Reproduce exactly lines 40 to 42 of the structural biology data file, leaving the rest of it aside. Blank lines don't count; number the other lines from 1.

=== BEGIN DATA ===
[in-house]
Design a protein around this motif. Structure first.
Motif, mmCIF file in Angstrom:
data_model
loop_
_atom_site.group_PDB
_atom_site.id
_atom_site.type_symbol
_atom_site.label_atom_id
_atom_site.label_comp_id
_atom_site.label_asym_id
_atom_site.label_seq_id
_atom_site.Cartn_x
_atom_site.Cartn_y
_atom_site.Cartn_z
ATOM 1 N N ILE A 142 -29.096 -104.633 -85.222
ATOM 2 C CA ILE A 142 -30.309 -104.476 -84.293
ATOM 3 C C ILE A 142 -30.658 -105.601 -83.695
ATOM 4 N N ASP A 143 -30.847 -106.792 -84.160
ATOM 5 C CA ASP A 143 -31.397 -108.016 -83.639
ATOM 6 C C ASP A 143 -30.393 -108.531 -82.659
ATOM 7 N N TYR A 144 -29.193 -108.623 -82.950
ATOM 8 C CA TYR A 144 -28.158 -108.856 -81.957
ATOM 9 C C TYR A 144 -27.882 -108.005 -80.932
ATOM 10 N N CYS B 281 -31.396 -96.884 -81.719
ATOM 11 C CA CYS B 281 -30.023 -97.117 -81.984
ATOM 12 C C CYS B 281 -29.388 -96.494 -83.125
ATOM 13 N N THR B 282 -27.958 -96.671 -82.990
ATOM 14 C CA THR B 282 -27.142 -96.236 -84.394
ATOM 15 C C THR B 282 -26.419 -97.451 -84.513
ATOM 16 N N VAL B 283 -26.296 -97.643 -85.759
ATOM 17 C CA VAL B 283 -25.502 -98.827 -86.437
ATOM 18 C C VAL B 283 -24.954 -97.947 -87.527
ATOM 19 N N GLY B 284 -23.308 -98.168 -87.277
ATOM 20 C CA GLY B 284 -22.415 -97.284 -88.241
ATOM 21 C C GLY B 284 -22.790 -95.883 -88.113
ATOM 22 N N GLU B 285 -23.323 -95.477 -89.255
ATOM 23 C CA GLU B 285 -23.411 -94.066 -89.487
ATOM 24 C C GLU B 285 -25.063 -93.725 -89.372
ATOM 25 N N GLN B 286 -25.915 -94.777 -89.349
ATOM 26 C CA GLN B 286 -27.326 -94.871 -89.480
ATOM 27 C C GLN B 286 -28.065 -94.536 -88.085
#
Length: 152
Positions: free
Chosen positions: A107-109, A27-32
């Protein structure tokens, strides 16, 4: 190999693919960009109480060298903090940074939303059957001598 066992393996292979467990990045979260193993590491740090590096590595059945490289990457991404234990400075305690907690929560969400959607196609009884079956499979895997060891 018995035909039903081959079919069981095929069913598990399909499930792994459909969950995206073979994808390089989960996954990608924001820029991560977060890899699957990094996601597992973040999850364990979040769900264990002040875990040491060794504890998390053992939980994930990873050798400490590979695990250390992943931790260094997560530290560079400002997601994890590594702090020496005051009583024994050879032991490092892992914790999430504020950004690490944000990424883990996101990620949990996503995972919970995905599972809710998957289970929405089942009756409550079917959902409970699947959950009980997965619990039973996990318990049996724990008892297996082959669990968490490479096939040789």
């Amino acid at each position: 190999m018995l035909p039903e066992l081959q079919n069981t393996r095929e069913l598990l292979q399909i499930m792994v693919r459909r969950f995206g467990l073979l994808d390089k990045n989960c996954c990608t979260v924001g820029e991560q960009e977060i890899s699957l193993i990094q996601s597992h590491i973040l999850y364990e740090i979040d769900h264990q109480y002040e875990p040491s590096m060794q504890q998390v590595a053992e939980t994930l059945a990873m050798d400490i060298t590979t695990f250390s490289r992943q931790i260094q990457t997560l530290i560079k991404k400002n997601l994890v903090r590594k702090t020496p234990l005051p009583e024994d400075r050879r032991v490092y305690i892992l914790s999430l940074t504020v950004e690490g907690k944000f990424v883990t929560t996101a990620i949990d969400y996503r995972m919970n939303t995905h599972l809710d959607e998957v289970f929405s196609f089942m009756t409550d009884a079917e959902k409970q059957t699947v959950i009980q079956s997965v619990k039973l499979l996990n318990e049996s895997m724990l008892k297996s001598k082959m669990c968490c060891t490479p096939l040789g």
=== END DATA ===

ATOM 25 N N GLN B 286 -25.915 -94.777 -89.349
ATOM 26 C CA GLN B 286 -27.326 -94.871 -89.480
ATOM 27 C C GLN B 286 -28.065 -94.536 -88.085